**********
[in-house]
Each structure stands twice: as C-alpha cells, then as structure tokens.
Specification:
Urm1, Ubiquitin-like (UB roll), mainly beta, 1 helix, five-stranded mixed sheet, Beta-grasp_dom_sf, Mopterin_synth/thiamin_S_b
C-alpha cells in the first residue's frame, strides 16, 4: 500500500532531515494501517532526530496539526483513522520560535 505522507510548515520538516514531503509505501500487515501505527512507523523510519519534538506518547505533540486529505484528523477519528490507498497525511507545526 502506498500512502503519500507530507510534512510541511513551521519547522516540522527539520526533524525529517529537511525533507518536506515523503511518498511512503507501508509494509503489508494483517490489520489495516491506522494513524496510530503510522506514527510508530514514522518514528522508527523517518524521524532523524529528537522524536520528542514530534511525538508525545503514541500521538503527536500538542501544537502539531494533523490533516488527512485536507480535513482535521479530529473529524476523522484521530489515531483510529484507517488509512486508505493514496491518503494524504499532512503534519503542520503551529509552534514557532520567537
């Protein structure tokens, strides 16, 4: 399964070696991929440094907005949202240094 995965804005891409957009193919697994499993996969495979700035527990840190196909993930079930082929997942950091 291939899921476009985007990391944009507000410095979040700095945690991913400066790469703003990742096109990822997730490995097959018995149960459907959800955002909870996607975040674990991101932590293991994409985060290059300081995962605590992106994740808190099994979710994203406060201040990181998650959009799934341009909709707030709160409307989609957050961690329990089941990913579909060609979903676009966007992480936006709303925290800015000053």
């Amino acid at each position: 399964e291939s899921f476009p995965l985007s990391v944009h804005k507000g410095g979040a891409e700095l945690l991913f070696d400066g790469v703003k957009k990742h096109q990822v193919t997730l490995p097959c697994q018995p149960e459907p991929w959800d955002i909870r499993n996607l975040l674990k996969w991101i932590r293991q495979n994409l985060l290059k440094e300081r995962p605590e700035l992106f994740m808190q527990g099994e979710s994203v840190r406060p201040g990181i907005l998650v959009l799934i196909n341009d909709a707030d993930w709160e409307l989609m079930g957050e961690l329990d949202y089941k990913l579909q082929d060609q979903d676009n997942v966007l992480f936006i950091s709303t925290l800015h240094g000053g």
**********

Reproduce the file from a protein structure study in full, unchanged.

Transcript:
[in-house]
Each structure stands twice: as C-alpha cells, then as structure tokens.
Specification:
Urm1, Ubiquitin-like (UB roll), mainly beta, 1 helix, five-stranded mixed sheet, Beta-grasp_dom_sf, Mopterin_synth/thiamin_S_b
C-alpha cells in the first residue's frame, strides 16, 4: 500500500532531515494501517532526530496539526483513522520560535 505522507510548515520538516514531503509505501500487515501505527512507523523510519519534538506518547505533540486529505484528523477519528490507498497525511507545526 502506498500512502503519500507530507510534512510541511513551521519547522516540522527539520526533524525529517529537511525533507518536506515523503511518498511512503507501508509494509503489508494483517490489520489495516491506522494513524496510530503510522506514527510508530514514522518514528522508527523517518524521524532523524529528537522524536520528542514530534511525538508525545503514541500521538503527536500538542501544537502539531494533523490533516488527512485536507480535513482535521479530529473529524476523522484521530489515531483510529484507517488509512486508505493514496491518503494524504499532512503534519503542520503551529509552534514557532520567537
């Protein structure tokens, strides 16, 4: 399964070696991929440094907005949202240094 995965804005891409957009193919697994499993996969495979700035527990840190196909993930079930082929997942950091 291939899921476009985007990391944009507000410095979040700095945690991913400066790469703003990742096109990822997730490995097959018995149960459907959800955002909870996607975040674990991101932590293991994409985060290059300081995962605590992106994740808190099994979710994203406060201040990181998650959009799934341009909709707030709160409307989609957050961690329990089941990913579909060609979903676009966007992480936006709303925290800015000053």
């Amino acid at each position: 399964e291939s899921f476009p995965l985007s990391v944009h804005k507000g410095g979040a891409e700095l945690l991913f070696d400066g790469v703003k957009k990742h096109q990822v193919t997730l490995p097959c697994q018995p149960e459907p991929w959800d955002i909870r499993n996607l975040l674990k996969w991101i932590r293991q495979n994409l985060l290059k440094e300081r995962p605590e700035l992106f994740m808190q527990g099994e979710s994203v840190r406060p201040g990181i907005l998650v959009l799934i196909n341009d909709a707030d993930w709160e409307l989609m079930g957050e961690l329990d949202y089941k990913l579909q082929d060609q979903d676009n997942v966007l992480f936006i950091s709303t925290l800015h240094g000053g």